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Lighting controls solutions for the commercial sector

If you built a new commercial building ten years ago, the chances are that there would have been minimal smart lighting management devices installed. Light fittings would have been chosen to meet the lux levels requirements within the facility, and simple switches—and perhaps a sensor—would have been installed to control the lights. By contrast, today we are seeing a growing trend towards more sophisticated lighting control solutions within the commercial arena, many of which can be programmed to operate with little or no human intervention.

Given the escalating demand for automation in the residential and hospitality sectors, plus the increasing interest across all sectors in the ‘Internet of Things’ to facilitate interconnectivity between smart components or devices, the interest in commercial lighting controls is probably inevitable. But what factors are driving and defining this trend?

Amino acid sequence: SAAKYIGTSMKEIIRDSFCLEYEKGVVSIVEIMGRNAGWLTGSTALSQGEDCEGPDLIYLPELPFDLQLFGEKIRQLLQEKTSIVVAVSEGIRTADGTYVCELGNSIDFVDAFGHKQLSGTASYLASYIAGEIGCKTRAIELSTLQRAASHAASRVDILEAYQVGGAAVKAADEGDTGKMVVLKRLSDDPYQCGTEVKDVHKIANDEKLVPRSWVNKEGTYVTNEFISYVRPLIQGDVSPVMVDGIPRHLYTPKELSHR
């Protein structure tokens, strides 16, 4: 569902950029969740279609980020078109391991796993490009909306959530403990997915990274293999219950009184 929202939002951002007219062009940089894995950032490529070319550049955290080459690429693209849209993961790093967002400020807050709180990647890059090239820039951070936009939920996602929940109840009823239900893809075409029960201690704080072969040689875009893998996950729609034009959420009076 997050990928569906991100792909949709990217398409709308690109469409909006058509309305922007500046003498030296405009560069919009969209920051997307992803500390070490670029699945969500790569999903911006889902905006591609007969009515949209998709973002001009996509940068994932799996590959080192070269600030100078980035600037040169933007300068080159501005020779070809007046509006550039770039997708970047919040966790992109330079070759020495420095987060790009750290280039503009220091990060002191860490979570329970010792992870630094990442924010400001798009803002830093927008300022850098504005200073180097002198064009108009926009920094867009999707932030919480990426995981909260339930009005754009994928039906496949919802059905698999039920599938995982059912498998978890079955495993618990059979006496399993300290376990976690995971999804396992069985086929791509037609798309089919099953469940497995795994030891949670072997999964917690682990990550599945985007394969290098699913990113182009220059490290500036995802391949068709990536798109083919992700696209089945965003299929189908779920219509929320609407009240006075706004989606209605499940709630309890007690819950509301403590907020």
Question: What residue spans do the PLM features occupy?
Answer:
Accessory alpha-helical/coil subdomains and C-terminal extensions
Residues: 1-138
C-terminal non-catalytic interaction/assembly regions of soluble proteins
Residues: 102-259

Environmental considerations naturally play an enormous role in promoting lighting control technology, as this is a relatively easy way to moderate energy use and reduce the carbon footprint. Here, a number of key regulatory drivers are helping to shape the lighting standards for the commercial sector.

The National Construction Code (NCC) sets energy usage limitations for lighting for different building occupancies, and if designers want to incorporate feature lighting they are often compelled to use energy-saving strategies in order to remain within the guidelines’ restraints. Working alongside the NCC, there are two important national rating tools for buildings: Green Star promotes energy efficient design; and NABERS encourages energy efficient performance. In addition to this, many states also operate energy saving schemes (such as the NSW ESS, VEET and REES schemes in NSW, Victoria and SA respectively) that further encourage developers to invest in energy-saving technologies.